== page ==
There's nothing wrong with giving money. Your posting has simply implied unfairly that the contribution led to votes on a particular issue. If so, well, you are wrong, Freddie Mac gave most of its money to Republicans.

Anonymous said...

And you'll never hear any of this on MSM outlets. I'm very surprised the NYT carried anything--it must have been on the bottom of page A87. AMAC is owed a big round of applause as is JinC.
Tarheel Hawkeye

Anonymous said...

Good work exposing the bureaucrats at Freddie and Fannie, and their co-conspirators.

This morning I happened to hear three interviews on NPR* about the "failed" bailout bill. The interviewees #1 NT Times
#2 Two economists
#3 Bureaucrat in charge of the small business bureaucracy.

Interviews #1 and #2 boiled down to 'government come save us!'

Interview #2, with two economists boiled down to 'the bailout is a very very bad idea' 'Let the market correct itself' 'We do not have a free market due to government manipulation and attempts to control the economy.' 'What we are hearing (about the free market) is rubbish.'

In all three interviews the NPR Critter led with words like 'crisis' 'meltdown' 'tragedy' 'greed' 'tsunami' 'destruction' 'dire' and so on.

*NPR - National P[rogressive- government come save us] Radio

Anonymous said...

Correction: TYPO - That should say Interview #1 and #3 were all 'government come save us.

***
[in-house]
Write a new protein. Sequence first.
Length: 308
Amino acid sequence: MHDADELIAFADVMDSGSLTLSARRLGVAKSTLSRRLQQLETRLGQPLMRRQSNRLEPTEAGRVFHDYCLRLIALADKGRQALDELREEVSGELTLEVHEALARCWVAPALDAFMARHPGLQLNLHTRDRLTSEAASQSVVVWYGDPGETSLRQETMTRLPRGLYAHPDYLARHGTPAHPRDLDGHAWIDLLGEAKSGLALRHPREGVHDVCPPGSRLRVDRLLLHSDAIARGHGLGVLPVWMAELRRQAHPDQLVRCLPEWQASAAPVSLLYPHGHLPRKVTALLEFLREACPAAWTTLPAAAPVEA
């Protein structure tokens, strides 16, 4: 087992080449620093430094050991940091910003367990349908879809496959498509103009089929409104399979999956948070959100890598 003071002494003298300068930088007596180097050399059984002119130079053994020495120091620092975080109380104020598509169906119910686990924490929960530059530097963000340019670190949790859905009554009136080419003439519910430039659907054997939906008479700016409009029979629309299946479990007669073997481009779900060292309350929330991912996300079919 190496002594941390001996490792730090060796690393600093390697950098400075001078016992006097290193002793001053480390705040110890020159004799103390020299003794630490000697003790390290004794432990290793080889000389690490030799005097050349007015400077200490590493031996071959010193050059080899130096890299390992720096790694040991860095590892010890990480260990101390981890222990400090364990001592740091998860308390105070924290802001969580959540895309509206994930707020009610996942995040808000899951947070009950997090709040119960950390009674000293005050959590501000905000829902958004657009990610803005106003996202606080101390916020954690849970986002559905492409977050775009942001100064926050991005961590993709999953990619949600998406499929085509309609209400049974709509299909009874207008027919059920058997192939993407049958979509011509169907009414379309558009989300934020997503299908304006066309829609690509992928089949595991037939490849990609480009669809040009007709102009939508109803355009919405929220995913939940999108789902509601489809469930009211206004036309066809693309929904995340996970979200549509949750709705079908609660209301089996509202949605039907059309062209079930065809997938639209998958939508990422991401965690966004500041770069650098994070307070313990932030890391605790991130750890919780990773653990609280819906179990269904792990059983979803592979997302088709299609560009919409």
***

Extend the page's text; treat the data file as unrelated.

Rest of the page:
Interview #2 with the economists actually made sense.

AMac said...

smrstrauss --

Thanks for doing more digging. The more we know of who got (gets) money from whom, the clearer understanding we'll have of politics and policy-making.

I think that (1) the amounts that OpenSecrets records Fannie Mae as contributing to the pro-Fannie Congressmen are mostly quite modest, and (2) it's notable that the Fannie skeptics also got contributions. So I don't view this as an instance of votes-for-money corruption. Instead, it seems likely that Raines' enablers acted as they did for ideological reasons, and the contributions followed.

But as for appearance of impropriety... why were subcommitteee members taking any such funds? And why were any taxpayer dollars spent by these GSE executives on lobbying?

- - - - -

Pat at Stubborn Facts has three worthwhile posts today. The titles are self-explanatory.

Rewarding Bad Judgment
The Foreseen Crisis

That last link goes to a comment authored by former Congressman Richard Baker, featured on the video. H/t Patterico.